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FAQ - Wound Care


What is DermaTherapy?

DermaTherapy® is a dramatically different and effective alternative to 100% cotton and polyester/cotton-blend bedding. Today's bedding fabrics have been made in much the same way for at least fifty years using cotton and polyester. These cotton-blend fabrics have no special properties or performance, despite the special healthcare needs that each of us have. DermaTherapy dramatically improves on the deficiencies in cotton fabrics to provide a cleaner, drier, and smoother sleep surface – important attributes for skin health and improved sleep. DermaTherapy's patented technology takes advantage of state-of-the-art synthetic fibers and yarns, as well as a durable antimicrobial treatment proven and tested to achieve these new properties.

How does DermaTherapy work?

DermaTherapy better manages the patient micro-climate by addressing friction, sheer and moisture accumulation against the skin.

How does DermaTherapy manage moisture?

The silk-like fabric provides a smooth surface that is free of broken or discontinuous fibers. The smoothness helps minimize the potential for linting, generation of airborne particles and friction between the skin and fabric. The 100% polyester continuous filament yarn fibers have a non-round fiber cross section to create micro-channels to facilitate moisture wicking and rapid drying. This helps to remove heat from the body and reduce perspiration, which effectively controls skin temperature and moisture.

DermaTherapy Bedding

Cotton Bedding



DermaTherapy is extremely
smooth to minimize abrasion
Cotton fibers protrude and
can irritate skin.

How are DermaTherapy items cleaner?

Cotton has an inherent tendency to facilitate the growth of bacteria. DermaTherapy fabrics incorporate a durable antimicrobial agent. Sheets and gowns made of DermaTherapy have been analyzed for bacteria after being laundered and after being used for 20-24 hours. The DermaTherapy products had 90% fewer Colony Forming Units (CFU’s) per square centimeter than conventional cotton/poly items. This reduction in microbes translates to decreased odor.

What is the benefit of DermaTherapy being smoother?

eople change positions in hospital beds a lot. It may be because of getting in and out of bed or for comfort.  DermaTherapy fabrics have a lower coefficient of friction than cotton or cotton/poly sheeting. Ease of movement is enhanced while sheer and friction are reduced.  This lessens the likelihood of skin damage associated with conventional high friction surfaces.

What is the impact of avoiding skin damage in hospitals?

Skin damage is harmful to our patients. It requires treatment and lengthens the time a person must stay in the hospital. It is also largely preventable. In fact, health insurance companies and others are no longer paying to treat some conditions acquired in hospitals.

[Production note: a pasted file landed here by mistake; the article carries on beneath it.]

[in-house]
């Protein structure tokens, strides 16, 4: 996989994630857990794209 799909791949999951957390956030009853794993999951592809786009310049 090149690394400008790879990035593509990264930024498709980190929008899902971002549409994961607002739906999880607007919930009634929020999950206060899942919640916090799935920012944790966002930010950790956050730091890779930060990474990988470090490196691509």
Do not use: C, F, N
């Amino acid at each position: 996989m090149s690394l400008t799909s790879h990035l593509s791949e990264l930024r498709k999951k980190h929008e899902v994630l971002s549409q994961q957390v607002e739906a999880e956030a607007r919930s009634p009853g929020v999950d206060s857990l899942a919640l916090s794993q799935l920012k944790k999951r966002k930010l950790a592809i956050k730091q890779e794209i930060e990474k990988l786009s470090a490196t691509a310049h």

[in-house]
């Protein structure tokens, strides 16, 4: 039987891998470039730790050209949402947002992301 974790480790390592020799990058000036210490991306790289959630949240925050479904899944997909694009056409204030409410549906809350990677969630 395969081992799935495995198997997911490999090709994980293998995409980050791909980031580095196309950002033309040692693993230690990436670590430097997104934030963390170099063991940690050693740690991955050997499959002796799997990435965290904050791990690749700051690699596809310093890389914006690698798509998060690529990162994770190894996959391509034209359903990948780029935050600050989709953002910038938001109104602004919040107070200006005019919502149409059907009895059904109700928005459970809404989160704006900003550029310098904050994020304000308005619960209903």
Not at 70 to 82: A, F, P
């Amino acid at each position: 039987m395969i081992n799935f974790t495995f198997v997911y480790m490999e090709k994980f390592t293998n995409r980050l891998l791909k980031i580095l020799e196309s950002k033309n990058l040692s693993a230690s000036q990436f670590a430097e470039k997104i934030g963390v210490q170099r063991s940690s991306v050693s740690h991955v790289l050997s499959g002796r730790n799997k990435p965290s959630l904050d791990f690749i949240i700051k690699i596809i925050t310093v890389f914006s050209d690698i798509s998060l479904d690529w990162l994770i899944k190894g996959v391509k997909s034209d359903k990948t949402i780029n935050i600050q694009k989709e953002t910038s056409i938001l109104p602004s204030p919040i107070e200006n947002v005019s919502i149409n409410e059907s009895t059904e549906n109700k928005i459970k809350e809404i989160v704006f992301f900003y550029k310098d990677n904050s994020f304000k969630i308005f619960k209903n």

The two sheets are so smooth, I find them sliding off the side of the bed and sometimes onto the floor, making the room look messy and presenting a fall risk. Any ideas?

We understand that finding a piece of linen touching or on the floor is unattractive and presents a fall risk. When you make your rounds please pay greater attention to the condition of the patient’s surroundings, be sure to include adjusting any linen following that assessment of the environment. The weight of the blanket helps keep the sheet in place and tucking the sheets a little farther under the mattress is a proven, tested solution. Remember, the inconvenience is worth the reward in this case; preventing skin damage, treating them in people who may have it, and reducing our patient’s overall length of stay are the real gains in this linen conversion. (Incidentally, the original pilot that was done in a hospital demonstrated an anecdotal finding; a decrease in the number of patient falls during the study period.

I find that patients lose some traction on the sheets. When the head of the bed is elevated, they slide down. How can I make my patients "stick"?

DermaTherapy linens are manufactured to have a smooth, low friction surface and they were intentionally designed to facilitate patients sliding down in the bed to an appropriate degree instead of having them “stick” to the linen and sustain shear injuries. The data that has already been collected prove that the use of this linen dramatically reduces skin damage. When the patient’s head of the bed is elevated 30 degrees, you may wish to use the knee-gatch feature of the bed. Another suggestion is to plan for regular repositioning assistance (standing someone up and moving them closer to the head of the bed or, if they are bedbound, using safe patient handling to move them up in bed) with your rounds.

I am having difficulty keeping the pillows that I use for patient positioning in place -- They slip out! Do you have a tip to share that will make this easier?

Yes. The “cuff’ found on the pillowcase is for much more than just keeping the pillow inside the case. With a pillowcase on the pillow, fold the pillow in half (the short way) and use the cuff to slip over the end of the pillow. The cuff will now hold the pillow in place (and your pillow will not slip out of place when being used for repositioning). Note: Some patients like this “folded pillow” for reading in bed or when they are used to a thicker pillow and do not wish to use two.

Is DermaTherapy environmentally friendly?

DermaTherapy products are environmentally friendly. Compared to conventional bed linens, they are 30-40% lighter in weight. They clean easier and are more resistant to stains. They require less energy to launder and their service life is significantly longer, without losing their properties and with little to no shedding of fibers. DermaTherapy products have the potential to reduce the amount of linens going into the medical waste system by more than 65%.

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